Father J. Ronald KnottA voice shall sound in your ears, when you would turn to the right or left, saying, “This is the way; walk in it!” Isaiah 30:21
It seems that there are a lot of confused people out there. When I talk to people who do not know what to do or where to turn, it’s as if they are describing their situation as something like picking up multiple radio stations all at once:
“Do this! Don’t do that. Here is what I think. That is what I heard. Here’s the truth. That’s a lie. This is what you should believe. Vote this way, not that way. Go here. Don’t go there!”
As I listen to them, it’s almost as if they are so overwhelmed with so much noise coming from the outside that, there is no room for them to hear that small, wise voice within their own hearts — that voice that the Prophet Isaiah wrote about in the quote above.
Not only is it hard to listen, it seems that people are getting louder and louder trying to outshout other voices vying for attention. The German philosopher, Friedrich Nietzsche (1844-1900) said a long time ago, “In the past, one desired to acquire fame and to be talked about. That is not sufficient anymore because the market has grown too big. Today nothing less than screaming will do.”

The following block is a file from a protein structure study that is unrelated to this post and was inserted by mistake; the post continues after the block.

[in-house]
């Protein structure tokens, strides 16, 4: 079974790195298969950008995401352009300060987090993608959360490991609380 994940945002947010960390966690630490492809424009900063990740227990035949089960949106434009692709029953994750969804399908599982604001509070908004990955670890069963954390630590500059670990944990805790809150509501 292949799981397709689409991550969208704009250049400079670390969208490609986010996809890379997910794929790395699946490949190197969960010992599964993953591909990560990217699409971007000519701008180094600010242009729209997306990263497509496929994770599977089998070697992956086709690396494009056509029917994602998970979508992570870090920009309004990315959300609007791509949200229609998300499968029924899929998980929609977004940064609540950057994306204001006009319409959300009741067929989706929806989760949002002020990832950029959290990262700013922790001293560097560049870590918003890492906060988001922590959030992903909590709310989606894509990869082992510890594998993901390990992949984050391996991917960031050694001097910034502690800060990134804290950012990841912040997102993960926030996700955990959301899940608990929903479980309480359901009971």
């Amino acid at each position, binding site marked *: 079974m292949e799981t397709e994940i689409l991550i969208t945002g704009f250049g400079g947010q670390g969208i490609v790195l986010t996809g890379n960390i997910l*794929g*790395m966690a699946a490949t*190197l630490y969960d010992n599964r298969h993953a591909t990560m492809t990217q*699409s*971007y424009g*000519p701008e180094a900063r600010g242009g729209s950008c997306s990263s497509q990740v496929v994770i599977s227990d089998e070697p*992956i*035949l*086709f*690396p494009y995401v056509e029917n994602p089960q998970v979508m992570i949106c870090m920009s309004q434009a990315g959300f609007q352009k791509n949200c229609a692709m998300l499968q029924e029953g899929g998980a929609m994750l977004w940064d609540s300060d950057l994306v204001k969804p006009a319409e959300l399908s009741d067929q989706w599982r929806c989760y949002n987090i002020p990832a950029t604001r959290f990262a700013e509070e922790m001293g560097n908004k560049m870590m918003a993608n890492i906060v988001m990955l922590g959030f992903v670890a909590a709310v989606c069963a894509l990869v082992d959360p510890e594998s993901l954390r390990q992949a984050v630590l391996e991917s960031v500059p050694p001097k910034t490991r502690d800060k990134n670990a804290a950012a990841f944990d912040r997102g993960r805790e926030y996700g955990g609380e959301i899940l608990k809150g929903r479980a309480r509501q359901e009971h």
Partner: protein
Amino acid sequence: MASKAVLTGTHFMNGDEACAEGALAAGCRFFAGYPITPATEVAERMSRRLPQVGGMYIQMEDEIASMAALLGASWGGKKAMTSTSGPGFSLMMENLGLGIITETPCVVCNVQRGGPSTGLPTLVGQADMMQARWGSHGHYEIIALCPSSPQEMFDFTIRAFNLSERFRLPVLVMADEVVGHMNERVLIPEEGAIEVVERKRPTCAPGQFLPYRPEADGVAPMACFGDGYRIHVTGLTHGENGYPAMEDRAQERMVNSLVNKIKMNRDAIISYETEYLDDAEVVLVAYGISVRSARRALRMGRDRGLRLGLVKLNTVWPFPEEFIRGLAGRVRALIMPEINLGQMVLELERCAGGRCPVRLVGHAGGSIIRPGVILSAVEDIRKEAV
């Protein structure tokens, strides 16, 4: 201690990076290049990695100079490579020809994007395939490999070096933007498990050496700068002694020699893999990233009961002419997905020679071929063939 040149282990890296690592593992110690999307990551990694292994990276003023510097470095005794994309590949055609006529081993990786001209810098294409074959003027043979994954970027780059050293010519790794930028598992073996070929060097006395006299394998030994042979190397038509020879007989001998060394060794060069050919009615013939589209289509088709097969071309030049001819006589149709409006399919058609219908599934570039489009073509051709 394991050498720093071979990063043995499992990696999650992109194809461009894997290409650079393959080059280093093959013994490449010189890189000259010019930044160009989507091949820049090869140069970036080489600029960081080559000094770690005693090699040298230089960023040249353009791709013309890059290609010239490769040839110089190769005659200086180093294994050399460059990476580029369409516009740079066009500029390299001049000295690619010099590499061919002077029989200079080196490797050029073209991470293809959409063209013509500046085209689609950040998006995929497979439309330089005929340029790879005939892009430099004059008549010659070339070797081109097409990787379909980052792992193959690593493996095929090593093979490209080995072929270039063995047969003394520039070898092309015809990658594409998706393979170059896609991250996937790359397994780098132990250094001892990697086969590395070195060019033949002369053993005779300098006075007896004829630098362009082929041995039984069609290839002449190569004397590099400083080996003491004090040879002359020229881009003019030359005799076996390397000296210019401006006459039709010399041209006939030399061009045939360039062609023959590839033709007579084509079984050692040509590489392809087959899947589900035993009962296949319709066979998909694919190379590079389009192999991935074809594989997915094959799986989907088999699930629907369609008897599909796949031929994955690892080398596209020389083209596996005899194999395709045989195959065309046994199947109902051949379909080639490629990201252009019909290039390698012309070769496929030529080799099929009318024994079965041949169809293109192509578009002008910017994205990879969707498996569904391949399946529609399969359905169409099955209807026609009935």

One of my real concerns about the “new evangelization” is that those most entrusted with it seem to believe that it is mostly about “informing” people.
Pope Benedict XVI, by choosing “Silence and Word: Path of Evangelization” as the theme for last year’s World Communication Day made a very valuable point “especially to those engaged in the task of evangelization.” He said, “Learning to communicate is learning to listen and contemplate as well as to speak.”
Pope Benedict XVI went on to say, “By remaining silent we allow the other person to speak, to express him or herself. We avoid being tied simply to our own words and ideas. In this way space is created for mutual listening and deeper human relationships become possible.”
At a time when fewer and fewer people are listening to the church, maybe his advice is more appropriate than “doubling down” on more and more blogs, pastoral letters, tweets, clarifications and official statements. As the Book of Ecclesiastes puts it, “There is an appointed time for everything … a time to be silent and a time to speak.” Maybe St. Francis Assisi said it best when he said, “Preach the Gospel at all times. Use words if necessary!”
My intuition is telling me that Pope Benedict XVI is right — the “church” talks too much. When we talk too much, the force of our words are weakened. My sense is that what people really want from the “church” right now is for us to listen for a while, a “little less talk and a lot more action.”